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Life Sci. 2010 Mar 13;86(11-12):377-84. doi: 10.1016/j.lfs.2009.12.015. Epub 2010 Jan 7.

Heat shock proteins in toxicology: how close and how far?

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  • 1Embryotoxicology Section, Indian Institute of Toxicology Research, Lucknow, India.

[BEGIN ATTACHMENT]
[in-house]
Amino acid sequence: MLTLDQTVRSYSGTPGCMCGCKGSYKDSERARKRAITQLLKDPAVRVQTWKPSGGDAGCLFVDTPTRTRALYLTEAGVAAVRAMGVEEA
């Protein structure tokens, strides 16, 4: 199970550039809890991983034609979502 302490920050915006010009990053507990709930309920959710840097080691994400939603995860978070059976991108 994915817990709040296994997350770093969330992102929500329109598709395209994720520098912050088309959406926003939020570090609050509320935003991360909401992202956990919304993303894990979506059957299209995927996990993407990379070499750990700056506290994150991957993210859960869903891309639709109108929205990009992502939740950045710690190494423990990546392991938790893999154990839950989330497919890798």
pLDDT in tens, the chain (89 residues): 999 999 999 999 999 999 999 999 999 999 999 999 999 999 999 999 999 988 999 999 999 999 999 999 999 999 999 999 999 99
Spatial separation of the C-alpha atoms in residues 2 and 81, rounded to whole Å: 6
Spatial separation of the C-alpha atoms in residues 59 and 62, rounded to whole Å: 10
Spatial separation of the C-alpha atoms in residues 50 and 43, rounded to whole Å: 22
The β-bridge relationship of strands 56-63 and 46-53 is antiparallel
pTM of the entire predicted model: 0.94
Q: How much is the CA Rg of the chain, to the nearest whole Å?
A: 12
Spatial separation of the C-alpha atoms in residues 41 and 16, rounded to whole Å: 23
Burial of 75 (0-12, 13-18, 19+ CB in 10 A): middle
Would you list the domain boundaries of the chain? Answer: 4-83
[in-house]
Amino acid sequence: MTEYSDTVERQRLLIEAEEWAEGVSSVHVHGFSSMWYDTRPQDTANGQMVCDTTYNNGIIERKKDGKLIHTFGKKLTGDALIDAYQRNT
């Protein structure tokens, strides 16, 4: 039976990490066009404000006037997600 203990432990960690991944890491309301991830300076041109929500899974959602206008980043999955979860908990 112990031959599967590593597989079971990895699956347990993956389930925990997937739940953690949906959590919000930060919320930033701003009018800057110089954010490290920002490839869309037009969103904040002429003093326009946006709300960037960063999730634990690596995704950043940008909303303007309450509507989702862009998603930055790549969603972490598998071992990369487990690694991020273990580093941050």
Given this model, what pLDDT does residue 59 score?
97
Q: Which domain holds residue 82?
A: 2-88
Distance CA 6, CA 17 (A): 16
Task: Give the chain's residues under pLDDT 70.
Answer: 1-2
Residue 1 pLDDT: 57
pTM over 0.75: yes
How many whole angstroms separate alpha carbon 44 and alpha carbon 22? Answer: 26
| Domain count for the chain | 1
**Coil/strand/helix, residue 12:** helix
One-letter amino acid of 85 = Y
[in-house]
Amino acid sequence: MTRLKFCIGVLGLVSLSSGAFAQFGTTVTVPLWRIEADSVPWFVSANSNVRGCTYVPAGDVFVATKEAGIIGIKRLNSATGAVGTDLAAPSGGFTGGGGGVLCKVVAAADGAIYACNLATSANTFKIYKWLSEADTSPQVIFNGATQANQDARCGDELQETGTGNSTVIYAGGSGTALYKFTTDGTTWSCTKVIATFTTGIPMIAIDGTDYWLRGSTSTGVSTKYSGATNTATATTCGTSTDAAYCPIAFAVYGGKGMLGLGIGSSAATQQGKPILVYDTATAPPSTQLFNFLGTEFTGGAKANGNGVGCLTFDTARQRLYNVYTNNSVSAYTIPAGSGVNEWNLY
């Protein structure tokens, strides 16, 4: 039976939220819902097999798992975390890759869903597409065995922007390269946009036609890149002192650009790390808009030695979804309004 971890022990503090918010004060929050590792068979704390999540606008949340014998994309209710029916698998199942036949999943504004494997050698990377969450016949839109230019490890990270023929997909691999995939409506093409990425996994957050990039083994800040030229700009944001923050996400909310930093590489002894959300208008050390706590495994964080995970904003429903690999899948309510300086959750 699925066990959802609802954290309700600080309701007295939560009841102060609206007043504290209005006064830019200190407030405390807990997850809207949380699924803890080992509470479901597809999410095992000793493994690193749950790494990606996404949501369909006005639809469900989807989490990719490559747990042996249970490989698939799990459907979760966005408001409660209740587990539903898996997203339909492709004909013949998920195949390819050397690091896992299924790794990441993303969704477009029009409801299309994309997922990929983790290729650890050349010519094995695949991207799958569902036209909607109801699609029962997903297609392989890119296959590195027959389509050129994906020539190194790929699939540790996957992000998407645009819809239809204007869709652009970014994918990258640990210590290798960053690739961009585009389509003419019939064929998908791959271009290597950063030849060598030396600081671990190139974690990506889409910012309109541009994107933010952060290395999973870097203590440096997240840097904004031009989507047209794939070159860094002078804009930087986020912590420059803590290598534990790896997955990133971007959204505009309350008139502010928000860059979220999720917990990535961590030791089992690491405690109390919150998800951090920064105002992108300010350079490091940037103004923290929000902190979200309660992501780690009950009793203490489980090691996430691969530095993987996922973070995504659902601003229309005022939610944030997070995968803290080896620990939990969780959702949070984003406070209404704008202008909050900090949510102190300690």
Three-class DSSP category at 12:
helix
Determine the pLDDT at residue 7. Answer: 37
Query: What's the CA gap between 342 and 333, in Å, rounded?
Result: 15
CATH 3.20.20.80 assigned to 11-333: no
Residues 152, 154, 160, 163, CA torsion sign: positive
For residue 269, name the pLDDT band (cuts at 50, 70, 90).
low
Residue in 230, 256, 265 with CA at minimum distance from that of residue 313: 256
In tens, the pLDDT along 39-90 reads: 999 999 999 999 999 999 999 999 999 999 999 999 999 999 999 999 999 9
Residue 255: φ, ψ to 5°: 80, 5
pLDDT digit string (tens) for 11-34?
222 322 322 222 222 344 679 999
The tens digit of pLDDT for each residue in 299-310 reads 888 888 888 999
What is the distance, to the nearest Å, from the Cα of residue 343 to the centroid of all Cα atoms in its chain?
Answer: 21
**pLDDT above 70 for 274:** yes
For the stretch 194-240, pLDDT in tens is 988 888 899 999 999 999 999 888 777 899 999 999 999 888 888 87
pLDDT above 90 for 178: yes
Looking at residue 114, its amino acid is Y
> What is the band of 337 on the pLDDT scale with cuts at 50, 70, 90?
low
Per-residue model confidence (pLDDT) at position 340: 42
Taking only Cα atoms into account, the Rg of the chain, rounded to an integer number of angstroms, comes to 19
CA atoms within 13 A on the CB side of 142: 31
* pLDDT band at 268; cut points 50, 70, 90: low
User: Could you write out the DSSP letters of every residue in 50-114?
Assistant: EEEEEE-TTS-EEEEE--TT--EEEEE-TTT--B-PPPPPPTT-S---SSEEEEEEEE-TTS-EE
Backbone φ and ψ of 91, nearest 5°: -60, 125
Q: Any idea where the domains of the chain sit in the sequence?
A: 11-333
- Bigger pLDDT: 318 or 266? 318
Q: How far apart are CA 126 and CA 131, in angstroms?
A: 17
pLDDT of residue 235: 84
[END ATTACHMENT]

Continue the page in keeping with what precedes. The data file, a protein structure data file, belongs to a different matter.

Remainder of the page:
The response to stress triggers activation of the genes involved in cell survival and/or cell death. Stress response is a ubiquitous feature of cells that is induced under stress conditions. As a part of this response a set of genes called stress genes are induced to synthesize a group of proteins called heat shock proteins (Hsps). The Hsps play an essential role as molecular chaperones by assisting the correct folding of nascent and stress-accumulated misfolded proteins, and by preventing their aggregation. Because of their sensitivity to even minor assaults, Hsps are suitable as an early warning bio-indicator of cellular hazard. Despite having enormous use in toxicology, the current state of knowledge in defining a mechanism of action or accurately predicting toxicity based on stress gene expression warrants further investigation. The goal of this review is to summarize current developments in the application of stress genes and their products 'Hsps' in toxicology with a brief discussion of the caveats. While focusing on hsp70 because of its higher conservation across the taxa and since it is one of the first to be induced under stress conditions, we will also discuss other members of the stress gene family.

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